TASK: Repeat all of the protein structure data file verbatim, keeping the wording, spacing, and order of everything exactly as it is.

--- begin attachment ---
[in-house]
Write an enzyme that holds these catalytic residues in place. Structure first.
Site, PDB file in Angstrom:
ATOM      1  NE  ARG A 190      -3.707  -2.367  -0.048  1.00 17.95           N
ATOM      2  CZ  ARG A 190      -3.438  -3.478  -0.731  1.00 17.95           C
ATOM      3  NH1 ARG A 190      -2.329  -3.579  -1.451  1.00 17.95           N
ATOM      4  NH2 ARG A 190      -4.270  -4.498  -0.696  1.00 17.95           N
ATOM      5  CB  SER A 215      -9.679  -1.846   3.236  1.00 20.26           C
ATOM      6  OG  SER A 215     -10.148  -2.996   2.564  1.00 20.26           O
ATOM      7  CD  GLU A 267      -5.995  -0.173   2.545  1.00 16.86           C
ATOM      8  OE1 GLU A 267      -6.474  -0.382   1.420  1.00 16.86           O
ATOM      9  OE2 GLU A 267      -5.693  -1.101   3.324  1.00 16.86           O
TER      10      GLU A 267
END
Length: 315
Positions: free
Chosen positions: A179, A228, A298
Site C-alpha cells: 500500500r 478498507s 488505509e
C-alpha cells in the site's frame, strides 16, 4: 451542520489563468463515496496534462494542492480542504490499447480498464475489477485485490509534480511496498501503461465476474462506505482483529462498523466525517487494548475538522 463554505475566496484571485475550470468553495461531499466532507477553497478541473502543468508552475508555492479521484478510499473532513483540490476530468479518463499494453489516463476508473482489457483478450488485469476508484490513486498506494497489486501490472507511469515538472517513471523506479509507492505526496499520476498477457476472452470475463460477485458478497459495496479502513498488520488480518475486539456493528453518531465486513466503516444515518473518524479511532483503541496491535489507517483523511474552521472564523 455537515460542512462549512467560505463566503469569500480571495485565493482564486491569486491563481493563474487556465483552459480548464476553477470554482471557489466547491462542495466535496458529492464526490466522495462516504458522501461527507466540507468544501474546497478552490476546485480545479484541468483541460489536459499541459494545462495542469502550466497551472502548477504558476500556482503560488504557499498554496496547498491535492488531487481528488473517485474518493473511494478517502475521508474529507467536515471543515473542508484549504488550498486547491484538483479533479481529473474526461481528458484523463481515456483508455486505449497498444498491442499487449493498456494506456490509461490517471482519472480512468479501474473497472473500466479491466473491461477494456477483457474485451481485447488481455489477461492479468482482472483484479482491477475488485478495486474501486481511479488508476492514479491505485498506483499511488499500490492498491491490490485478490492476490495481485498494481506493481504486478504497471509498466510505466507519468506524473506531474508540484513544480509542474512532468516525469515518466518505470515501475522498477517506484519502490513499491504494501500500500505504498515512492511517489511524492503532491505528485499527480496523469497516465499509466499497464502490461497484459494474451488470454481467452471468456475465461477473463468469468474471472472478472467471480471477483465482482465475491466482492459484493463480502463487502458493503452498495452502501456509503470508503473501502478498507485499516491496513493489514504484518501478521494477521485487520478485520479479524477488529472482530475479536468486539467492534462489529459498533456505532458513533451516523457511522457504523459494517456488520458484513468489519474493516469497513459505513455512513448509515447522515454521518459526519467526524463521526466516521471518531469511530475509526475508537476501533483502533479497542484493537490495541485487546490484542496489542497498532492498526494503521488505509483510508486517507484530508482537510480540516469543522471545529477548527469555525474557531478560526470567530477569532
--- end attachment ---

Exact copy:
[in-house]
Write an enzyme that holds these catalytic residues in place. Structure first.
Site, PDB file in Angstrom:
ATOM      1  NE  ARG A 190      -3.707  -2.367  -0.048  1.00 17.95           N
ATOM      2  CZ  ARG A 190      -3.438  -3.478  -0.731  1.00 17.95           C
ATOM      3  NH1 ARG A 190      -2.329  -3.579  -1.451  1.00 17.95           N
ATOM      4  NH2 ARG A 190      -4.270  -4.498  -0.696  1.00 17.95           N
ATOM      5  CB  SER A 215      -9.679  -1.846   3.236  1.00 20.26           C
ATOM      6  OG  SER A 215     -10.148  -2.996   2.564  1.00 20.26           O
ATOM      7  CD  GLU A 267      -5.995  -0.173   2.545  1.00 16.86           C
ATOM      8  OE1 GLU A 267      -6.474  -0.382   1.420  1.00 16.86           O
ATOM      9  OE2 GLU A 267      -5.693  -1.101   3.324  1.00 16.86           O
TER      10      GLU A 267
END
Length: 315
Positions: free
Chosen positions: A179, A228, A298
Site C-alpha cells: 500500500r 478498507s 488505509e
C-alpha cells in the site's frame, strides 16, 4: 451542520489563468463515496496534462494542492480542504490499447480498464475489477485485490509534480511496498501503461465476474462506505482483529462498523466525517487494548475538522 463554505475566496484571485475550470468553495461531499466532507477553497478541473502543468508552475508555492479521484478510499473532513483540490476530468479518463499494453489516463476508473482489457483478450488485469476508484490513486498506494497489486501490472507511469515538472517513471523506479509507492505526496499520476498477457476472452470475463460477485458478497459495496479502513498488520488480518475486539456493528453518531465486513466503516444515518473518524479511532483503541496491535489507517483523511474552521472564523 455537515460542512462549512467560505463566503469569500480571495485565493482564486491569486491563481493563474487556465483552459480548464476553477470554482471557489466547491462542495466535496458529492464526490466522495462516504458522501461527507466540507468544501474546497478552490476546485480545479484541468483541460489536459499541459494545462495542469502550466497551472502548477504558476500556482503560488504557499498554496496547498491535492488531487481528488473517485474518493473511494478517502475521508474529507467536515471543515473542508484549504488550498486547491484538483479533479481529473474526461481528458484523463481515456483508455486505449497498444498491442499487449493498456494506456490509461490517471482519472480512468479501474473497472473500466479491466473491461477494456477483457474485451481485447488481455489477461492479468482482472483484479482491477475488485478495486474501486481511479488508476492514479491505485498506483499511488499500490492498491491490490485478490492476490495481485498494481506493481504486478504497471509498466510505466507519468506524473506531474508540484513544480509542474512532468516525469515518466518505470515501475522498477517506484519502490513499491504494501500500500505504498515512492511517489511524492503532491505528485499527480496523469497516465499509466499497464502490461497484459494474451488470454481467452471468456475465461477473463468469468474471472472478472467471480471477483465482482465475491466482492459484493463480502463487502458493503452498495452502501456509503470508503473501502478498507485499516491496513493489514504484518501478521494477521485487520478485520479479524477488529472482530475479536468486539467492534462489529459498533456505532458513533451516523457511522457504523459494517456488520458484513468489519474493516469497513459505513455512513448509515447522515454521518459526519467526524463521526466516521471518531469511530475509526475508537476501533483502533479497542484493537490495541485487546490484542496489542497498532492498526494503521488505509483510508486517507484530508482537510480540516469543522471545529477548527469555525474557531478560526470567530477569532